Another month is gone, and another batch of books made the migration from the “to be read” shelf to the “been there, done that” shelf.
Here’s the list of books I read for October:
- Portable Film School, by DB Gilles – I’m not done with this book, yet, but I’m going to go ahead and list it as an October read. Film making has long been an interest of mine, though mostly on a conceptual level. This book gives an interesting overview of the types of things one would learn in film school. I’ll not likely ever spend the kind of money it takes to go to film school, but for less than $15 I can satisfy some curiosity.
- Disturbing the Peace, by Richard Yates – Perhaps not as finely drawn as Revolutionary Road, this book certainly delivers a very Yates-esque dysfunctional world. Intriguing and infuriating at times.
- Breakfast at Tiffany’s (and three short stories), by Truman Capote – The Modern Library edition is wonderful because it also includes three of Capote’s short stories, along with the classic, Breakfast at Tiffany’s. It’s a thin book, and very easy to read, but that doesn’t take away from the lovely prose and the unforgettable characters.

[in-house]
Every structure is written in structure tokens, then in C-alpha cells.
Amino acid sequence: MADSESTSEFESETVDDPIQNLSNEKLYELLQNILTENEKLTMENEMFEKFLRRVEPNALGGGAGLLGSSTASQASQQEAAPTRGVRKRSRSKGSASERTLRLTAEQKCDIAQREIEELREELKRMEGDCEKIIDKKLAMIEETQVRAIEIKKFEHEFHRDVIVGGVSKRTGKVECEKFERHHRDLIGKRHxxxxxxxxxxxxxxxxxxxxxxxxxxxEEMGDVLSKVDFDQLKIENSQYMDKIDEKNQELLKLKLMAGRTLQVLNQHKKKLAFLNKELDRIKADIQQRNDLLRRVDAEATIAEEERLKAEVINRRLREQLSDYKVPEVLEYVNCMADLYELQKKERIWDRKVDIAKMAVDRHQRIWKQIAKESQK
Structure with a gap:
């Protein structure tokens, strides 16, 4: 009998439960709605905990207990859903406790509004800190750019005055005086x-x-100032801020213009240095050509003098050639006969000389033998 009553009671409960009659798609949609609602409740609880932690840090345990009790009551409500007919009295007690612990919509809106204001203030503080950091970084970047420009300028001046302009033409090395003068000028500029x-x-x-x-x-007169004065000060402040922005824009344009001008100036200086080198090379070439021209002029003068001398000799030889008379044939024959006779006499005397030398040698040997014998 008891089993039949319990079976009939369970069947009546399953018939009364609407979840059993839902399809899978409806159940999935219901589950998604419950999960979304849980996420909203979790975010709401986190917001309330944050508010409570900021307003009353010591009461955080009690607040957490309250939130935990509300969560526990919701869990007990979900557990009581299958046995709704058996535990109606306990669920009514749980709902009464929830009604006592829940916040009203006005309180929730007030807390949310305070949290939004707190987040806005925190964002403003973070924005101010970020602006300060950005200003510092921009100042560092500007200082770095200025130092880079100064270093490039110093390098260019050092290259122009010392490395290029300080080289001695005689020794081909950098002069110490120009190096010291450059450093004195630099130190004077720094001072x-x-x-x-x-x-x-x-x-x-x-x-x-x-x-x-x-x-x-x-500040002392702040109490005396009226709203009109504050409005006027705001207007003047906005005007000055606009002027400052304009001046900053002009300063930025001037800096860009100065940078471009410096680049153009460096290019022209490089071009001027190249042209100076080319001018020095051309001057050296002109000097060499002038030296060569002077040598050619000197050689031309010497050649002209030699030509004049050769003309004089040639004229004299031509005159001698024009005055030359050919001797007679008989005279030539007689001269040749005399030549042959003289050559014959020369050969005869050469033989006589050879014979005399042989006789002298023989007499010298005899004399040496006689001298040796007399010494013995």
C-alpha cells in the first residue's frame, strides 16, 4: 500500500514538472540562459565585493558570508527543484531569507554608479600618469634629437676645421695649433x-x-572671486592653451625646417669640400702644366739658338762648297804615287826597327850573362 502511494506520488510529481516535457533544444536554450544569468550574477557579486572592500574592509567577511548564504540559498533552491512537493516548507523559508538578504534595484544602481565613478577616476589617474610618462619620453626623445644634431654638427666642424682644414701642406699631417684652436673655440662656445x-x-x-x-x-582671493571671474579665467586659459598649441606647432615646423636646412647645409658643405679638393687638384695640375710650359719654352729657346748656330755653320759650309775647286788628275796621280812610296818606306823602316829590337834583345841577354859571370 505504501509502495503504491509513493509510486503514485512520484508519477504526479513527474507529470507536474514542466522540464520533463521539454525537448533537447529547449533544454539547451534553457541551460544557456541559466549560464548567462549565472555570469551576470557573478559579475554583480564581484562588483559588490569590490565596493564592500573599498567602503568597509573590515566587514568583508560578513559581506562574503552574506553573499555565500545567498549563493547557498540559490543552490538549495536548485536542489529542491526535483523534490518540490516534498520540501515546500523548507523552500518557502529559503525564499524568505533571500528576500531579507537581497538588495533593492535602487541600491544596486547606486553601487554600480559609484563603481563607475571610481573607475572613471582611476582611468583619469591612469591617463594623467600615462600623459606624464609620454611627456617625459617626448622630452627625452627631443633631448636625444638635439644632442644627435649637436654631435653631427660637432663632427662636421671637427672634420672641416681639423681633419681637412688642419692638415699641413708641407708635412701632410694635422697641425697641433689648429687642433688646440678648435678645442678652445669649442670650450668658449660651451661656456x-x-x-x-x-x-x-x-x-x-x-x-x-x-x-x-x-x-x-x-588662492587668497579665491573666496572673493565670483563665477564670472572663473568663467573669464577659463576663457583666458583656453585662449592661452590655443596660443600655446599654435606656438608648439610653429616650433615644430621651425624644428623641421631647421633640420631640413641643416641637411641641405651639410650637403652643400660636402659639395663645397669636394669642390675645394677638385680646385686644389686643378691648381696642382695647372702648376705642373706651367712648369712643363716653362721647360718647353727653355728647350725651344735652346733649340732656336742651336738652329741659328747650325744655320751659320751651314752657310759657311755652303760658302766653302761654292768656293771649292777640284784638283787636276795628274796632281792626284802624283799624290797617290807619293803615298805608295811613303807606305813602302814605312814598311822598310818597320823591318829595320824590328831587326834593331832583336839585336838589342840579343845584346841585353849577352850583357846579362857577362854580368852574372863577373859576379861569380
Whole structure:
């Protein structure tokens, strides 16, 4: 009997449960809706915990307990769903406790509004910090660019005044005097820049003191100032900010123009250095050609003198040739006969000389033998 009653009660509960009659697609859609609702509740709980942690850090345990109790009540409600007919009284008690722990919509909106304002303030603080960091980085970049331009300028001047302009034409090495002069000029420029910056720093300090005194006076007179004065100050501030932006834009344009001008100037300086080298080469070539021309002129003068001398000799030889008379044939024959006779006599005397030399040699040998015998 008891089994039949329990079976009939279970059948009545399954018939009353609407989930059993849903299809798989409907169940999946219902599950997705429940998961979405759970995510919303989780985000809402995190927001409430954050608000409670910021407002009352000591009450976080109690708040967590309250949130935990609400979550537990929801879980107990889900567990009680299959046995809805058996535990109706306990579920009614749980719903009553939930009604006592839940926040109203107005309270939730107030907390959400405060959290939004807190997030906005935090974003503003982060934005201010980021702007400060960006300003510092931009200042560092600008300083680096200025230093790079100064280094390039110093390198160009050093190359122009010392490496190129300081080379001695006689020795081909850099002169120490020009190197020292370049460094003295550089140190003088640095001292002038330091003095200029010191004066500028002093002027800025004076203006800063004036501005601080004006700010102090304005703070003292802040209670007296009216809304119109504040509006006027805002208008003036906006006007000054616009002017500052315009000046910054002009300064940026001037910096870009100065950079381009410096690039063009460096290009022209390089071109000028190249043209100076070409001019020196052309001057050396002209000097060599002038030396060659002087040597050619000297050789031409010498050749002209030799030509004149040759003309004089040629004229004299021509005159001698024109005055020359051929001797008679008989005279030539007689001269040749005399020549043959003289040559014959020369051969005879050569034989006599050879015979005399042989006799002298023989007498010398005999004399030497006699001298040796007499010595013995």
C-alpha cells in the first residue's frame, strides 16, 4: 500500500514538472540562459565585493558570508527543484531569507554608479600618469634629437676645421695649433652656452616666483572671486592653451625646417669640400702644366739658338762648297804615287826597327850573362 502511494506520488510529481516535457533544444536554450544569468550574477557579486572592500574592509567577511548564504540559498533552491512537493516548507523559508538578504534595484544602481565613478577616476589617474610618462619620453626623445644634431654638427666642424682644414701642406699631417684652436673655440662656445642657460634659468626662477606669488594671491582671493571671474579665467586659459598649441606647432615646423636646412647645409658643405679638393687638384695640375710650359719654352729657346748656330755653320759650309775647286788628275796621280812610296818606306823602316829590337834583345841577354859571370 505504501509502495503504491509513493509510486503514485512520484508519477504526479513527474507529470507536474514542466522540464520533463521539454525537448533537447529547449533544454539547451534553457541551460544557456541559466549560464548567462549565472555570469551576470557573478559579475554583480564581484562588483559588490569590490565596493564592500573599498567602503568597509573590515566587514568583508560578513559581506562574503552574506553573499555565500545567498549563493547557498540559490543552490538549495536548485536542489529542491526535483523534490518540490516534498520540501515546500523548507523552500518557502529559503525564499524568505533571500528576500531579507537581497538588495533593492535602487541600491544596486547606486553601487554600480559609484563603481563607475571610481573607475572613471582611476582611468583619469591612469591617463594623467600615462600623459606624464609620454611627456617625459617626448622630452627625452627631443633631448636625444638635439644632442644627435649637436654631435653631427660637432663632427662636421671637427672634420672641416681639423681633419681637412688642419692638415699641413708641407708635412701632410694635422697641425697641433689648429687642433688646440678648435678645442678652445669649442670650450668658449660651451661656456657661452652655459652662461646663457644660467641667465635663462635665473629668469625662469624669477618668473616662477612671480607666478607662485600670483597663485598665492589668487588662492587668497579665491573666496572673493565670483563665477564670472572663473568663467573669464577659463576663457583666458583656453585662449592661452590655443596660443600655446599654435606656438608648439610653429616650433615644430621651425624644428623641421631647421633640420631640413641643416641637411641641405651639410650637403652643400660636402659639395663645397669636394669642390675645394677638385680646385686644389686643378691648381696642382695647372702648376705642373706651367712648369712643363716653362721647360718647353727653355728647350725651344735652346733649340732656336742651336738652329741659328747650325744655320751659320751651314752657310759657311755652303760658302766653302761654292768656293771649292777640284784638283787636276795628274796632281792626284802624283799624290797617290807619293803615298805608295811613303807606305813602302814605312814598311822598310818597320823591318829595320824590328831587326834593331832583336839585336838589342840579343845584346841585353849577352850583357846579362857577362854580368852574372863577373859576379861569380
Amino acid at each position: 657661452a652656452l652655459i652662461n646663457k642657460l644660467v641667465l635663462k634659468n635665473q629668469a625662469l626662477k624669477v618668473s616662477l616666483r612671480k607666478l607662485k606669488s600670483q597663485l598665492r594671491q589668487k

- Poems of the Night, by Jorge Luis Borges – I continue with my effort to read more poetry, and I’m glad I picked this volume up. Borges is a wonderful poet, and there were so many lovely moments in this book. I’m already looking forward to reading it again, somewhere down the road.
- Answering the New Atheism, by Hahn and Wiker – I am also continuing to read through responses to the “new atheism” movement. This book is specifically targeted at the popular author Richard Dawkins.
- You Will Not Be Forgotten, by Andrea Cumbo – Nope. You can’t read this book. At least, not yet. I was thrilled to have a chance to read my friend Andi’s book in draft form as she prepares to send it out to agents and publishers. I’m looking forward to being able to recommend this book to you, someday soon.
- The Piano Teacher, by Janice YK Lee – Two unique story lines converge in pre- and post-war Hong Kong. A very good first novel, set in a fascinating time and place, full of interesting characters. Not a perfect book, certainly, but I found it compelling and moving.
- The Rite: The Making of a Modern Exorcist, by Matt Baglio – This is not sensationalist propaganda. If you are looking for long descriptions of pea-soup-spitting demons, this isn’t the book for you. If, however, you’ve ever been interested in understanding the concept of exorcisms and spiritual matters of that sort, this is an even-handed, well-written place to start. A true story, but very well written so that it is both informative and engaging.
As always, you can comb through the prior months:
Off we go, into NOVEMBER!!